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GWRC signals rise for public transport fares

Public transport fares in the region will increase by 6 per cent from April 1, after a decision by Greater Wellington Regional Council [GWRC] in its annual fares review.

All public transport fares will remain at half-price until July 1, so the half-price cash train fare from Masterton to Wellington will increase from $9.50 to $10, and the Snapper fare will increase from $7.52 to $7.97.

Once full-price fares return, the cash fare will increase from $19 to $20, and the Snapper fare will increase from $15.05 to $15.95.

GWRC has not raised public transport fares in the past two years, despite the patronage and farebox challenges of covid, pay rises to address the national driver shortages, and high inflation impacting service costs.

Councillors decided to increase fares in order to manage the rising costs, which increased about 13 per cent over the past two years, within current budgets.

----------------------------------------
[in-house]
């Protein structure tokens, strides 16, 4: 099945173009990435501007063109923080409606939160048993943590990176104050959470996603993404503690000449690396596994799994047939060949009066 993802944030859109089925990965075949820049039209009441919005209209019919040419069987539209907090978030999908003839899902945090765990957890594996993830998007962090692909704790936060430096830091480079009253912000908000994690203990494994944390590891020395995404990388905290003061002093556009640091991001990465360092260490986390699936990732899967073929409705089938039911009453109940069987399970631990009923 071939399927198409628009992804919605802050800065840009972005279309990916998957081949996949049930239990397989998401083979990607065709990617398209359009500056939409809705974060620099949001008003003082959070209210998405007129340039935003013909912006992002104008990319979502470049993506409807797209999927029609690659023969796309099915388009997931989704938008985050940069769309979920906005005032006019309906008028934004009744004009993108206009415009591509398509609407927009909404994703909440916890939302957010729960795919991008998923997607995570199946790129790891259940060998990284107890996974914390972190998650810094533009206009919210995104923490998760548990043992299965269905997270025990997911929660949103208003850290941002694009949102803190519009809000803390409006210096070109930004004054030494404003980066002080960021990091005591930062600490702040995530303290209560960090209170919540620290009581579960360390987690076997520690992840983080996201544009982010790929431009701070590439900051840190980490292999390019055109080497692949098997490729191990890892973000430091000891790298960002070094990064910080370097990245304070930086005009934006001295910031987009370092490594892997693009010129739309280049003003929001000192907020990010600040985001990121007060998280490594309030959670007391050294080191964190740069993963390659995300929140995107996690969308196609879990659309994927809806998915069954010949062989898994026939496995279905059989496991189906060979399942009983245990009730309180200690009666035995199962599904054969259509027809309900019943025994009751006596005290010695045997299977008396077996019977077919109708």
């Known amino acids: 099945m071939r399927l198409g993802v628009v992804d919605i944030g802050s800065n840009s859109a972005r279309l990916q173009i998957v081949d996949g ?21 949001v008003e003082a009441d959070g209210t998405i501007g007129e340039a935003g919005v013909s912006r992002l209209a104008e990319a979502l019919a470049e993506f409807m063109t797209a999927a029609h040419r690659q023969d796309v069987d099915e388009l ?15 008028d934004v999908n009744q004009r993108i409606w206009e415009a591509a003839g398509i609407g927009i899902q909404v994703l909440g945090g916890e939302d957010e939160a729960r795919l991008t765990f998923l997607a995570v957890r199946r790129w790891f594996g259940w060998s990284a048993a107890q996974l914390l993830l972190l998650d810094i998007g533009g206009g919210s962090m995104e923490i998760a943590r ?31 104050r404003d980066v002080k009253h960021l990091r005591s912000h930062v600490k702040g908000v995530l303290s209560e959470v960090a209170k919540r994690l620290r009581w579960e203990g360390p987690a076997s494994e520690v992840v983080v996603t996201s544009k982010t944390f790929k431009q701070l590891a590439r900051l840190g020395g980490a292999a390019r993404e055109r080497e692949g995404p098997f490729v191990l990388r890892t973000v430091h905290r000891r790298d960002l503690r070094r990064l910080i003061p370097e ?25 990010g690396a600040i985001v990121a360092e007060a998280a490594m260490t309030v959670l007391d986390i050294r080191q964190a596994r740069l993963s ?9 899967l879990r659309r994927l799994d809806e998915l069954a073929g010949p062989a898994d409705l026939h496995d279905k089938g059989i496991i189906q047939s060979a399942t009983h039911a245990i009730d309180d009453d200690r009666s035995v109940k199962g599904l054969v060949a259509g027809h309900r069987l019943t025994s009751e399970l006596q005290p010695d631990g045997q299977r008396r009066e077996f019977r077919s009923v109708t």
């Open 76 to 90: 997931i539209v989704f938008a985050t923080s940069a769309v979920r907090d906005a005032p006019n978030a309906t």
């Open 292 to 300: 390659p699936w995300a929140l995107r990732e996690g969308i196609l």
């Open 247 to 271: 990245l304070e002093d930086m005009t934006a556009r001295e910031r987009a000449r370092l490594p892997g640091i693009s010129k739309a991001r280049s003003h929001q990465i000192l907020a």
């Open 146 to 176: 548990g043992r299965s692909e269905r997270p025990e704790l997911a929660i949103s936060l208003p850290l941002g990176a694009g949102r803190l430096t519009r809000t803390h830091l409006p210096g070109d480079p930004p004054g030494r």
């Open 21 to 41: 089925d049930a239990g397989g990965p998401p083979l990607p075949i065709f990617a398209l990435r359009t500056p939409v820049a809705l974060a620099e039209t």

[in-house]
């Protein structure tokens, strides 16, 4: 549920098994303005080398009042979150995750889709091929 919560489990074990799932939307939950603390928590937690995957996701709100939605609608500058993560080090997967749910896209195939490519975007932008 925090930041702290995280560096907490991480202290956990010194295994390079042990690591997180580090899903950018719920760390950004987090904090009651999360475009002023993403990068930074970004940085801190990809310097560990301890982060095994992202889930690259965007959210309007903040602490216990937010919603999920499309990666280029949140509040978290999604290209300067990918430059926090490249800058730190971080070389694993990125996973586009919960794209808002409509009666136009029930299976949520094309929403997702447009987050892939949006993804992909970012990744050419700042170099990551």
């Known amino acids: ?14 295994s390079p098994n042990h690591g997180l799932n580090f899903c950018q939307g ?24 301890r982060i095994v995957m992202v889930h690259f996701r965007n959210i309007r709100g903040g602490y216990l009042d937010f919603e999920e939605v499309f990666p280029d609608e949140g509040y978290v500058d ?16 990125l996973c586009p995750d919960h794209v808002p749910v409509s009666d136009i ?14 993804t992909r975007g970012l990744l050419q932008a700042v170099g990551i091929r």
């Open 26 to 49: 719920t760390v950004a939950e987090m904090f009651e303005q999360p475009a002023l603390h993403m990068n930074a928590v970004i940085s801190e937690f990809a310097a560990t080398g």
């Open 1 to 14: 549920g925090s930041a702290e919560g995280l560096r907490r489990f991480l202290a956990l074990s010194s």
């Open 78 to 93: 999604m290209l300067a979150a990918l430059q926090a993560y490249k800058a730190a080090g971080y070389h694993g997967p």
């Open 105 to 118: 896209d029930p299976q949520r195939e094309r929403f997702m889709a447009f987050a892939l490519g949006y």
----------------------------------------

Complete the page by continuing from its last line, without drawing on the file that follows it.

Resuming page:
Councillor Thomas Nash, chair of GWRC’s Transport Committee, said regular and smaller fare increases over time are unavoidable under current funding settings if GWRC wants to provide better services in the future.

“Ideally, we want to keep fares as low as possible to encourage people to use public transport.

“But we also need to have the money to improve services so we can provide a service that is more convenient than driving.

“We are already putting rates up, so the only way to get where we need is to increase fares at a pace that is easily absorbed by the community.

“This small fare increase will happen in conjunction with additional discounts off-peak and for students and children, so in a lot of instances, the net outcome will still be lower fares for those that rely on public transport the most,” Nash said.

Public transport costs are funded from three main sources: Fares, rates, and national funding received via Waka Kotahi NZTA.

Greater Wellington uses the annual fare review to adjust the contribution of one of those funding sources to share costs equitably and sustainably in the long term.

It looks at cost and revenue expectations and determines the extent of any fare adjustments needed to balance the user contribution with public funding.

Flynn Nicholls
Flynn Nicholls
Flynn Nicholls is a reporter at the Wairarapa Times-Age who regularly writes about education. He is originally from Wellington and is interested in environmental issues and public transport.

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